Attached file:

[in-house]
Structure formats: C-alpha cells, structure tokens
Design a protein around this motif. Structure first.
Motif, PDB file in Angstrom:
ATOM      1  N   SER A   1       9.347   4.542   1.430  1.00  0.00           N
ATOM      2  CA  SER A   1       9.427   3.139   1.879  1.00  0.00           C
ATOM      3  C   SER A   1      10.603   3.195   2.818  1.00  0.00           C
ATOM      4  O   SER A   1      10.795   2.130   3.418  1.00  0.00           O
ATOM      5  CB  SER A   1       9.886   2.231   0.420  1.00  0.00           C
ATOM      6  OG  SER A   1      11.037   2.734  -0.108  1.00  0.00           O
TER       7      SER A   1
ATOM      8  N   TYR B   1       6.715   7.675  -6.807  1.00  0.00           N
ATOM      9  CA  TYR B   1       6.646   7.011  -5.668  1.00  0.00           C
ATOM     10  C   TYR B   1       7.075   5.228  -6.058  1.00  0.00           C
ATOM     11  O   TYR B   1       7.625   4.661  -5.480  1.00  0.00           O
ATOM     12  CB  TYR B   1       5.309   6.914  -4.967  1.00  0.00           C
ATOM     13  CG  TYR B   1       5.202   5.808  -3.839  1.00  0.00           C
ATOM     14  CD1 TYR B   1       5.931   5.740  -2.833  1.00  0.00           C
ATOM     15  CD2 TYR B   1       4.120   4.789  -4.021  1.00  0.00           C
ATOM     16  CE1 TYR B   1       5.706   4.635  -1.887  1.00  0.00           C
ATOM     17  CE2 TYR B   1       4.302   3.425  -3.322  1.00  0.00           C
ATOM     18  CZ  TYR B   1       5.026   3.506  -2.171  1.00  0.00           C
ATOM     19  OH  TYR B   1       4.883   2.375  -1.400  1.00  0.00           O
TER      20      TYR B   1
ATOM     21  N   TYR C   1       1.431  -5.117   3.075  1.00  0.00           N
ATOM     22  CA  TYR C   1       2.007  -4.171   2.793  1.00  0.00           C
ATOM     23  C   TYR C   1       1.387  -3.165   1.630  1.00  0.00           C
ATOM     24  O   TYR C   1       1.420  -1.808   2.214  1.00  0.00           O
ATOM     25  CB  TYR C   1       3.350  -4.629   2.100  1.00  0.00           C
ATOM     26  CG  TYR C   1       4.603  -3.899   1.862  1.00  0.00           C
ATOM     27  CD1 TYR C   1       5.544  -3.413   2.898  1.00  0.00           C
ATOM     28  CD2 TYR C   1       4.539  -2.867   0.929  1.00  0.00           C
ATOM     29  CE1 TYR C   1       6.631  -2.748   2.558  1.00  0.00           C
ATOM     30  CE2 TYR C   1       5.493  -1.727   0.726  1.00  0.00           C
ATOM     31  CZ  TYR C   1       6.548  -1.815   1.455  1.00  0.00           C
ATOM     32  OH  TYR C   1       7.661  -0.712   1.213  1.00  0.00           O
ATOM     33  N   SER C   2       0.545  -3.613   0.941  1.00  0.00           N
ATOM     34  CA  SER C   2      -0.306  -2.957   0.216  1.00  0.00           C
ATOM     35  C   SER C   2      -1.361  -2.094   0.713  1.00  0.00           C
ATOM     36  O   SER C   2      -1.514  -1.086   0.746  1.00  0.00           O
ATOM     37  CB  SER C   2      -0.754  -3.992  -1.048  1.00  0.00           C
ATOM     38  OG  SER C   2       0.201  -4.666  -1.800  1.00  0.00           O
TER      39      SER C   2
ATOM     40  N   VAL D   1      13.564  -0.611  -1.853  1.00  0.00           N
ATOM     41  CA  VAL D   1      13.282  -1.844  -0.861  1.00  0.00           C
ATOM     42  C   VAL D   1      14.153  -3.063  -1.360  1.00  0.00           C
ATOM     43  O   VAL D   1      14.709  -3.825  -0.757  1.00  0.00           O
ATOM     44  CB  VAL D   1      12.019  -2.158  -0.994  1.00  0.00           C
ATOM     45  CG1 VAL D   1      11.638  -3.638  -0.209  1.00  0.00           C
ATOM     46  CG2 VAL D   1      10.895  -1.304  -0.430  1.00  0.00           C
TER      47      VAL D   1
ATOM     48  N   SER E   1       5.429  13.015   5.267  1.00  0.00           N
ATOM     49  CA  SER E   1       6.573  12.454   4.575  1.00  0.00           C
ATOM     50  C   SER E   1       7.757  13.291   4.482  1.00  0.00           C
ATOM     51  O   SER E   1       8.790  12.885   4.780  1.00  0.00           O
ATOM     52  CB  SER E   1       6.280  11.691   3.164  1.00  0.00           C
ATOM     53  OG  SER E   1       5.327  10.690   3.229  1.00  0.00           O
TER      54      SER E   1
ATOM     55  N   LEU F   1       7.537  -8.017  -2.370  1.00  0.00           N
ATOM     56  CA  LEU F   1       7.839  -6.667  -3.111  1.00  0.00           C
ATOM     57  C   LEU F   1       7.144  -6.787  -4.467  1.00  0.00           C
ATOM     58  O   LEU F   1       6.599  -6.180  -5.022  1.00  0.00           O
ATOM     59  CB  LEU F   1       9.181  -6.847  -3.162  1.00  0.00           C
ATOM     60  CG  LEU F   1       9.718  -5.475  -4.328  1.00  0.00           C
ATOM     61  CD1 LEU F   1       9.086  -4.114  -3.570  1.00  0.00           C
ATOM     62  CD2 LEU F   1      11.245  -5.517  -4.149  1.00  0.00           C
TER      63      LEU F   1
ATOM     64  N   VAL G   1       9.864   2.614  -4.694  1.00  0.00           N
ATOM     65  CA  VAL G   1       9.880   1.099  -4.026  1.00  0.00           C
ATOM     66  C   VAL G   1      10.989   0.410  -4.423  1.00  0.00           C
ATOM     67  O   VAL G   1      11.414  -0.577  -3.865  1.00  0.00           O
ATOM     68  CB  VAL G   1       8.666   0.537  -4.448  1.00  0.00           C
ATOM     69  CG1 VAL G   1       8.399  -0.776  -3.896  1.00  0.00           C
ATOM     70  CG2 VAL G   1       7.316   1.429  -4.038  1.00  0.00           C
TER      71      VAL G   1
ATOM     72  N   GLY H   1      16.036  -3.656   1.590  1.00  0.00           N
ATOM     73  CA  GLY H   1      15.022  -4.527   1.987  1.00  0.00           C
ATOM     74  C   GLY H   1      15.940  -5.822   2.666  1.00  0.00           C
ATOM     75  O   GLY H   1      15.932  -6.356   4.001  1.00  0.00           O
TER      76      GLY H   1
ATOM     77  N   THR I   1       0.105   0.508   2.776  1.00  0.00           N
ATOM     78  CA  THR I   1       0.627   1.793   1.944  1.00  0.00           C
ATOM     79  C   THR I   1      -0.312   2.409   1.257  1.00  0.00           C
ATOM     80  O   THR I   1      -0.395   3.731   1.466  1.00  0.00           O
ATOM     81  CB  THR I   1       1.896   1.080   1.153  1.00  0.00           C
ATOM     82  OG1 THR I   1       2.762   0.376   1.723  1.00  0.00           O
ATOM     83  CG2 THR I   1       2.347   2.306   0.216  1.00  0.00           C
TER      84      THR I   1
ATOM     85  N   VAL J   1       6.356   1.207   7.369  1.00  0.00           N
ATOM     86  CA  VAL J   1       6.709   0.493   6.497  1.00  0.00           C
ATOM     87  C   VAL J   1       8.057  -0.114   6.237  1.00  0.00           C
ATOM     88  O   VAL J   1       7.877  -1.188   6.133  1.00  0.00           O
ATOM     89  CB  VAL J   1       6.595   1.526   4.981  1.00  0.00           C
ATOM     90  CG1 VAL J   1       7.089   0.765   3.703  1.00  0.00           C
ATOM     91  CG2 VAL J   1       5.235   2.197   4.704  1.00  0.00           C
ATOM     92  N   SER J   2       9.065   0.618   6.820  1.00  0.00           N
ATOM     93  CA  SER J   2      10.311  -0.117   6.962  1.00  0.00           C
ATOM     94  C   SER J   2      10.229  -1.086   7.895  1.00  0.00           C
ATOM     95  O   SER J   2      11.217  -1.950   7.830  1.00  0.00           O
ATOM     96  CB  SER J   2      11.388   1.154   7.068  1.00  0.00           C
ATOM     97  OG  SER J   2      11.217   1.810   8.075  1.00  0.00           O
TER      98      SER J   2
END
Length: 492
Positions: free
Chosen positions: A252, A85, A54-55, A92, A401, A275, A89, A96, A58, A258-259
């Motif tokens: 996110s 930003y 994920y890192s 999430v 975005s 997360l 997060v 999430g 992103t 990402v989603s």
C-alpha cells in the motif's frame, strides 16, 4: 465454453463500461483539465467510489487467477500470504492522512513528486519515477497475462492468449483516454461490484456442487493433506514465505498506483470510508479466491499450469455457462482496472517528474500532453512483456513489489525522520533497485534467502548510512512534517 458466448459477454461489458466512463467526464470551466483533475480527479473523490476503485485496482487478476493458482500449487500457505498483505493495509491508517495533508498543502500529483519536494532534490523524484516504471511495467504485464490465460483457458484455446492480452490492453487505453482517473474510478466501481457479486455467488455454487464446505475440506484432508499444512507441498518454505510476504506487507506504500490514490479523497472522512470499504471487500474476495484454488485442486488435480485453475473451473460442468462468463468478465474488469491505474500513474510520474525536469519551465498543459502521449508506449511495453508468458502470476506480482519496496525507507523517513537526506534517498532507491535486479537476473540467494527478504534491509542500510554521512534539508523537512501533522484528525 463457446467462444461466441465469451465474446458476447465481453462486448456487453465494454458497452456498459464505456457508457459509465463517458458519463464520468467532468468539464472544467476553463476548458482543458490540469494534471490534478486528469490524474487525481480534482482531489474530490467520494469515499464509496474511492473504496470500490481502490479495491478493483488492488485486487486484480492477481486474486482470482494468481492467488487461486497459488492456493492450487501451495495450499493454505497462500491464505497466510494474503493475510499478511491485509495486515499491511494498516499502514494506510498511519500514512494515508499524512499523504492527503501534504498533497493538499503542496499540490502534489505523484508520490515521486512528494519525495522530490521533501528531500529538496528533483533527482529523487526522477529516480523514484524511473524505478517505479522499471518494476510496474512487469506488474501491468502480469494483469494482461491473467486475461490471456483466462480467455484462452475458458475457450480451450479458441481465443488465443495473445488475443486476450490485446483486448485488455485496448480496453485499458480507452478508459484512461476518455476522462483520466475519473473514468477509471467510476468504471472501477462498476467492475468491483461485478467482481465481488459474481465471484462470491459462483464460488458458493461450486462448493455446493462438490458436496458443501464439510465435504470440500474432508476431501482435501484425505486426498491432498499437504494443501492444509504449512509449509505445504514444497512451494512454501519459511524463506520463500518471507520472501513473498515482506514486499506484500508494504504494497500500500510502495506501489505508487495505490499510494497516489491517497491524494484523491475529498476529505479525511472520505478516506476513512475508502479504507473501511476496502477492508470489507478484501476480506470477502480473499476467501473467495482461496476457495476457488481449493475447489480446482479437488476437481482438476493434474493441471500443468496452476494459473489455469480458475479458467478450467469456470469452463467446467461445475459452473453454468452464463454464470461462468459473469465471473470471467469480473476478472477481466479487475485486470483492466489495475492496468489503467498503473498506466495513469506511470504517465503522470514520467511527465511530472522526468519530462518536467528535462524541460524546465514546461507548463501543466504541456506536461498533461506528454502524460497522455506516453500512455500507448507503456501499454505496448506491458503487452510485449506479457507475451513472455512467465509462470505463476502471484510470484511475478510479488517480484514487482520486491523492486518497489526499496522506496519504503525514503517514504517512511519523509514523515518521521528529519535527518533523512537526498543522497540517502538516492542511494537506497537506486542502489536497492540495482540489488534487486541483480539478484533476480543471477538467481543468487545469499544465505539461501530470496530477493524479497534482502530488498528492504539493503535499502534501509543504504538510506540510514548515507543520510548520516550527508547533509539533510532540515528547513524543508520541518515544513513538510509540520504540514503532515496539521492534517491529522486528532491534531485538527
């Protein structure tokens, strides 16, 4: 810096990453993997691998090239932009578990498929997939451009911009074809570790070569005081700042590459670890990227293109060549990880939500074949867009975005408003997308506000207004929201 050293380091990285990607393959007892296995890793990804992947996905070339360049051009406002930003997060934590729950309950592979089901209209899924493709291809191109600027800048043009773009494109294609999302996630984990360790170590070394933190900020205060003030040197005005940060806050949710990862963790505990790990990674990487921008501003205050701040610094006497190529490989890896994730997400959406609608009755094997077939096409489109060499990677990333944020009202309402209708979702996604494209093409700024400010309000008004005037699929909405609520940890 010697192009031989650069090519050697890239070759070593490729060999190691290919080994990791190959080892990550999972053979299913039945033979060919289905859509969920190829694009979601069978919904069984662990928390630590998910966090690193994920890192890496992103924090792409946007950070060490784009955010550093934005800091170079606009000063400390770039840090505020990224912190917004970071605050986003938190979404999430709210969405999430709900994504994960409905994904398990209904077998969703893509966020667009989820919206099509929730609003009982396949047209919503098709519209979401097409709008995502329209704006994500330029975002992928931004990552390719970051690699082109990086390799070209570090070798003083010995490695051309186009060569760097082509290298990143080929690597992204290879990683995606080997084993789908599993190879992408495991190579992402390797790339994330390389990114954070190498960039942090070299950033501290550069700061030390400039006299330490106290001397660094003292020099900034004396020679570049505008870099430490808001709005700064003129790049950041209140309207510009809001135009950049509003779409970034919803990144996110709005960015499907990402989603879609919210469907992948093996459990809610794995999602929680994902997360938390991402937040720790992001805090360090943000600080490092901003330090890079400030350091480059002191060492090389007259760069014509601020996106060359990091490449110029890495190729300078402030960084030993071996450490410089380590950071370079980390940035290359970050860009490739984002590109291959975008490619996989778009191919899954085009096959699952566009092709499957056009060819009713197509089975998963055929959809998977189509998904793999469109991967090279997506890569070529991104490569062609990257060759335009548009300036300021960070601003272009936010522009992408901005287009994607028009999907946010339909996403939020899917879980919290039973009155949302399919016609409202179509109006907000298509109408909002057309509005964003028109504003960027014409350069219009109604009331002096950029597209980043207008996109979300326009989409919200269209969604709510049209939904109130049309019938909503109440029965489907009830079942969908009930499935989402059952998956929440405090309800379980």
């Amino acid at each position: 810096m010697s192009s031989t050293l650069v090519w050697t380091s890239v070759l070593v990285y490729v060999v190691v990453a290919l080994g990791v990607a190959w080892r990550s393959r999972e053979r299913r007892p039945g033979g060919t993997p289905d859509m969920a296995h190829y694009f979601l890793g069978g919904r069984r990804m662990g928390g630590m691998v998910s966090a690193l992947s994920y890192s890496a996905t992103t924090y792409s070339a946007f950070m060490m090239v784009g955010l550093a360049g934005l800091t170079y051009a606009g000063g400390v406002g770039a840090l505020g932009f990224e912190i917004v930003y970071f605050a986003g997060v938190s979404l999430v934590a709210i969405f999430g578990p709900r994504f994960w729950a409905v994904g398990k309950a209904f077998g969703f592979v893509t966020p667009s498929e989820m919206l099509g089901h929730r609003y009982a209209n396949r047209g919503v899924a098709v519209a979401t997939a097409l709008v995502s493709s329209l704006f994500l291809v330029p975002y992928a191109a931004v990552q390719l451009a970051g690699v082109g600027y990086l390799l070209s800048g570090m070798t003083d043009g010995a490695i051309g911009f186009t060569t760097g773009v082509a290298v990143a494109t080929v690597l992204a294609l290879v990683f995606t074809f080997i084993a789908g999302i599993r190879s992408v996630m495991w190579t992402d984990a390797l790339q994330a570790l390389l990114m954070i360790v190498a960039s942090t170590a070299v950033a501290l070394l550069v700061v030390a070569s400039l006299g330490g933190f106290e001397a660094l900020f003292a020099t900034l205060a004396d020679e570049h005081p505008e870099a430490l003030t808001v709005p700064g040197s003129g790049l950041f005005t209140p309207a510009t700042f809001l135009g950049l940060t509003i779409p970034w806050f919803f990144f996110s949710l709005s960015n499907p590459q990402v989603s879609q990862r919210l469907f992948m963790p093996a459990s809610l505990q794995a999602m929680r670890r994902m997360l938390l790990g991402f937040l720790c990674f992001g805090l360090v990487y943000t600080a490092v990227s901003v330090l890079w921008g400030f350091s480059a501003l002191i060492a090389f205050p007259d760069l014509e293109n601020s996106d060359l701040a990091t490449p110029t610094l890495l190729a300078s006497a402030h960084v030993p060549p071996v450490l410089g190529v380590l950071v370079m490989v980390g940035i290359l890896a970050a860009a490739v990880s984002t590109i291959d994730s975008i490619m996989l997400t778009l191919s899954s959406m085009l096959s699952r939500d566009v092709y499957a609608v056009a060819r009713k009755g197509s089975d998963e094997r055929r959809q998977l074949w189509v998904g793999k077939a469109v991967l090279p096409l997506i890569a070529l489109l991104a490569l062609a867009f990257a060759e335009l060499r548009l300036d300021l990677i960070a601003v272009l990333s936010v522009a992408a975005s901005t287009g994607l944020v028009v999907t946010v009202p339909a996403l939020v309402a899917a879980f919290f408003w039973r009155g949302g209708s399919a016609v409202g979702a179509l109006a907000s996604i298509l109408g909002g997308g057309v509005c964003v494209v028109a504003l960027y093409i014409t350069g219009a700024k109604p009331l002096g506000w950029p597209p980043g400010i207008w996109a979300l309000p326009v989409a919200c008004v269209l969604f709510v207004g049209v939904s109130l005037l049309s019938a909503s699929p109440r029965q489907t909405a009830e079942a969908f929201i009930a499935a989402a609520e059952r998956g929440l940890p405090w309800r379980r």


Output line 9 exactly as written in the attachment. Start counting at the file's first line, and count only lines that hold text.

ATOM      5  CB  SER A   1       9.886   2.231   0.420  1.00  0.00           C